Thursday, February 2, 2023
Feb. 2, 2023

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Clark County sees heavy rain; forecasters see chance of snow

Crews prepare for colder temperatures Monday, potential for a few flakes

By , Columbian staff reporter
Published:
3 Photos
Raindrops hang on the side of a bus shelter as a passenger bundles up against the wind and rain Friday afternoon in downtown Vancouver. Stormy weather blanketed the area as an atmospheric river barreled into Washington and Oregon.
Raindrops hang on the side of a bus shelter as a passenger bundles up against the wind and rain Friday afternoon in downtown Vancouver. Stormy weather blanketed the area as an atmospheric river barreled into Washington and Oregon. (Photos by Amanda Cowan/The Columbian) Photo Gallery

As Clark County hunkered down Friday for an atmospheric river bringing buckets of rain and strong wind gusts, forecasters also warned of potential snowfall Monday morning turning the roads into a slushy mess.

After a half-inch to an inch of rain had already fallen Friday morning, National Weather Service Meteorologist Tanja Fransen said the Vancouver area could see up to 2 more inches of rain through this morning. At that point, she said the rain is expected to taper off a bit.

Wind gusts as strong as 30 mph near the Columbia River and 20 mph north of Vancouver could bring the risk of power outages in some areas.

Officials are asking people to keep drains clear of leaves and avoid driving down flooded streets unless people are positive they know how deep it is.

“It’ll be a good weekend to put in chili or a stew or something in the crockpot and just enjoy the weekend at home,” Fransen said.

Temperatures are expected to fall Monday, with a high of 44 degrees expected that day, and Fransen said snow could begin to mix in. It’s not likely to be anything that sticks and accumulates, she said, but could create some slush on the roadways.

The best chance for snow will be later in the week, Wednesday night and Thursday morning, but Fransen said the flakes will probably stick in the Cascades and Coast Range.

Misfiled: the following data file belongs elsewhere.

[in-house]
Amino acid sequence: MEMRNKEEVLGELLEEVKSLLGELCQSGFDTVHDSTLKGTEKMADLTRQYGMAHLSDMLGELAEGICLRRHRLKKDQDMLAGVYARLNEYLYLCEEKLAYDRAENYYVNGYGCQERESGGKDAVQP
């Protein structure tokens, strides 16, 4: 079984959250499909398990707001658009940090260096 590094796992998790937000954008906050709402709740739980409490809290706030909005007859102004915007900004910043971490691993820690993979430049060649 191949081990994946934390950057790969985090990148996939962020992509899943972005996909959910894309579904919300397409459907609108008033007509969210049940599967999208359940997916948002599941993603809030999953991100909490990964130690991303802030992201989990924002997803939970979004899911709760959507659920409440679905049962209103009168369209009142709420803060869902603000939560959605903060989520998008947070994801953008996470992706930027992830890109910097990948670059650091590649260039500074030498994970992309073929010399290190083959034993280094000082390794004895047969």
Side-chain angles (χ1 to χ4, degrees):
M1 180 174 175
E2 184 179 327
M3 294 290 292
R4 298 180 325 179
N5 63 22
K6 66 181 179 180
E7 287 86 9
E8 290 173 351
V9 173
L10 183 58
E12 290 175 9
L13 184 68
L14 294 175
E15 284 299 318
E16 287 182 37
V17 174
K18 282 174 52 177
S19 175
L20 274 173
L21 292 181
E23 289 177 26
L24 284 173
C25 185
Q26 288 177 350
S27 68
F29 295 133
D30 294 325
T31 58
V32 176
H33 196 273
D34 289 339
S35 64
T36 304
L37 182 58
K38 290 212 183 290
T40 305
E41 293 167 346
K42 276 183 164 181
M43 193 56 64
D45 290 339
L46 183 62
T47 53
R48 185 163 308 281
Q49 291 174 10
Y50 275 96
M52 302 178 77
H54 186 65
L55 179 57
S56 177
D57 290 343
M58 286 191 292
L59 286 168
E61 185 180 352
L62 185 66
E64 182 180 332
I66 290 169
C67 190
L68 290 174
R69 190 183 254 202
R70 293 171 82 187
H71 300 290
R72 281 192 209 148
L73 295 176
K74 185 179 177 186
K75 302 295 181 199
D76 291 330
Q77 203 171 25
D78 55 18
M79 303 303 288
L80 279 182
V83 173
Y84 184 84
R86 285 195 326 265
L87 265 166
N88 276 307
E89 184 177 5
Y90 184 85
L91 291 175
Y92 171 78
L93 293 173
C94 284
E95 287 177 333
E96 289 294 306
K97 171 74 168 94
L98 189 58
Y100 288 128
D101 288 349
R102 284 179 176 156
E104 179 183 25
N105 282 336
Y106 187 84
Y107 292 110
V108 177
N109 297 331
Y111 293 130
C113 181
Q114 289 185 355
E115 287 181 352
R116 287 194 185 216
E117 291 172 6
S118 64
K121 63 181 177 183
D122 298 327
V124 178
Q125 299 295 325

The city of Vancouver’s Public Works Department is preparing for the potential icy or snowy conditions. Crews may apply deicing solution to dry pavement as a preemptive measure; too much rain will dilute and wash away deicer, the city said.

“Timing and being prepared for whatever the weather brings is a big part of keeping streets passable,” the city said in a statement Friday.

Community members and businesses are responsible for keeping adjacent sidewalks clear, as well as driveways and private parking lots.

Snowy or icy conditions may impact garbage, recycling and organics collections. Customers can sign up to receive service alerts using the RecycleRight app.

Vancouver Public Works Water Utility recommends homeowners take the time now to disconnect garden hoses and insulate outside faucets and hose bibs, as well as water pipes near outer walls and in crawl spaces, basements, garages and attics. Outdoor sprinkler systems should also be prepped for cold weather.

Report problems

For weather-related city issues that need an urgent response, such as traffic signal outages, downed trees or broken water mains, call the city Public Works Operations Center at 360-487-8177. Severe weather updates are also posted on the city’s Public Works’ Facebook and Twitter pages.

For downed power lines, call Clark Public Utilities at 360-992-8000.

Sandbags are available for free at two Clark County Public Works locations: 78th Street Operations Center, 4700 N.E. 78th St., and 149th Street Operations Center, 11609 N.E. 149th St.

People will need to fill their own bags and should come prepared with a shovel; bags and sand are provided.

To report standing water and storm debris on roads and in parks to Clark County Public Works, go to clark.wa.gov/public-works/report-park-road. For problems that require immediate response, call 564-397-2446.

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